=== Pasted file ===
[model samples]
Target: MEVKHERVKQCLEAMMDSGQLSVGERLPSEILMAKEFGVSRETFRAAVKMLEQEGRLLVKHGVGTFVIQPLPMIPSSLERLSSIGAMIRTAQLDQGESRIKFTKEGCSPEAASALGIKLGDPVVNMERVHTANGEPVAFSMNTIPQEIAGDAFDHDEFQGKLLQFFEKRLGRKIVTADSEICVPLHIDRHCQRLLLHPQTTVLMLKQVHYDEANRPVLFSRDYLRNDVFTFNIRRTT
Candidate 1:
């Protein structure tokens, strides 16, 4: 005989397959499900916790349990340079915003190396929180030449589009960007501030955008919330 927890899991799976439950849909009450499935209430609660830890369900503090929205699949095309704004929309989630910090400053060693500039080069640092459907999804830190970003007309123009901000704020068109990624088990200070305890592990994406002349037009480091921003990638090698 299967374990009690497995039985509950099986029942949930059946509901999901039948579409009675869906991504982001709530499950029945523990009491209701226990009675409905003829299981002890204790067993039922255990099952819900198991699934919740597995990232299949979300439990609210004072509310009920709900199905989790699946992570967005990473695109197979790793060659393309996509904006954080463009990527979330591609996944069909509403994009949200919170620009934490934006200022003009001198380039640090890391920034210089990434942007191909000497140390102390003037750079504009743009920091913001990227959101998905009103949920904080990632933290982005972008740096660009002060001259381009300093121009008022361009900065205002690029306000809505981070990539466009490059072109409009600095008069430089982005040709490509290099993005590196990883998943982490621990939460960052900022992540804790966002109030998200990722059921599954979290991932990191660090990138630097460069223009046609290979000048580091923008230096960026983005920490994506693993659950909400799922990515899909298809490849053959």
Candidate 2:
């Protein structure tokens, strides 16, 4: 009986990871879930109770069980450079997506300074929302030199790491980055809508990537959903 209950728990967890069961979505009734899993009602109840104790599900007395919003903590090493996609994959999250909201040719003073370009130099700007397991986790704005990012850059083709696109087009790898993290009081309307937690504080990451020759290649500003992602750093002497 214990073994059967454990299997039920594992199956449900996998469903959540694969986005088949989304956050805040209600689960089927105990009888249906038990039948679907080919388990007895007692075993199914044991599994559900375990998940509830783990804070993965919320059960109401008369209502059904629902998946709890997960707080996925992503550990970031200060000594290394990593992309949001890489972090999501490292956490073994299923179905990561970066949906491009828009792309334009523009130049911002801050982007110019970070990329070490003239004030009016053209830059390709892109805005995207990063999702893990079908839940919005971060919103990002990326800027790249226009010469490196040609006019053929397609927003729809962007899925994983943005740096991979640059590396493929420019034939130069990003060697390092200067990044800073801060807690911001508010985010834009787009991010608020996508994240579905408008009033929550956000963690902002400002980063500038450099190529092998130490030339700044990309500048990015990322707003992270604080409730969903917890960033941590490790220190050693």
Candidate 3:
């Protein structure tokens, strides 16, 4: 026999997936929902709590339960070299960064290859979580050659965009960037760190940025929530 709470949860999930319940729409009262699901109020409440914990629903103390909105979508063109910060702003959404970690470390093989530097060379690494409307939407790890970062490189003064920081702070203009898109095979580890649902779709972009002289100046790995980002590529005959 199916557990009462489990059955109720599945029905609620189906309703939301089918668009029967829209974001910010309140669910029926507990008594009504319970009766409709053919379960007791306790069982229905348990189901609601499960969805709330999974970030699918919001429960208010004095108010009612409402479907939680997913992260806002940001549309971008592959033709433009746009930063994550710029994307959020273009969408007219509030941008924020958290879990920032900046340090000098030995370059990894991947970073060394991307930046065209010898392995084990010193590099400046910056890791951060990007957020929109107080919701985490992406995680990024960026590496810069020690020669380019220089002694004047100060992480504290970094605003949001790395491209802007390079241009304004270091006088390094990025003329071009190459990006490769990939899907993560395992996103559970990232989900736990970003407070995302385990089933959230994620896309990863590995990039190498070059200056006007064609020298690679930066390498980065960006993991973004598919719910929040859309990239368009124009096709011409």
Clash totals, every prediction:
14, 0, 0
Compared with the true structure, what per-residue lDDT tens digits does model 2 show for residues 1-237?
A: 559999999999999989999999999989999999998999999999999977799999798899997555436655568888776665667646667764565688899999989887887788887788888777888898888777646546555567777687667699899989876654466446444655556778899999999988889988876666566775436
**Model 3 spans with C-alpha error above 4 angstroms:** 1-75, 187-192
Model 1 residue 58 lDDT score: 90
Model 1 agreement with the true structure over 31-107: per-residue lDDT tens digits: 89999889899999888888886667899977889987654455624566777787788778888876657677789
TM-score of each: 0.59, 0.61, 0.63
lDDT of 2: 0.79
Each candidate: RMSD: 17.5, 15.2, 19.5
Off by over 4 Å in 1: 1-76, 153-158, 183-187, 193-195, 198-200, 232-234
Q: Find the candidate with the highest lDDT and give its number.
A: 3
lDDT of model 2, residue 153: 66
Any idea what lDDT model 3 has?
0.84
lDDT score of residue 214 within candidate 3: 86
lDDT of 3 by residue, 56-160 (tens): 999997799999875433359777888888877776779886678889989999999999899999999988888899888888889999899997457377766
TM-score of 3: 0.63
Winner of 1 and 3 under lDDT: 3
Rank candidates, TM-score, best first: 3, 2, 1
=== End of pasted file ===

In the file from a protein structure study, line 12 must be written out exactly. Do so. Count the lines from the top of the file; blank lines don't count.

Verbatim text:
A: 559999999999999989999999999989999999998999999999999977799999798899997555436655568888776665667646667764565688899999989887887788887788888777888898888777646546555567777687667699899989876654466446444655556778899999999988889988876666566775436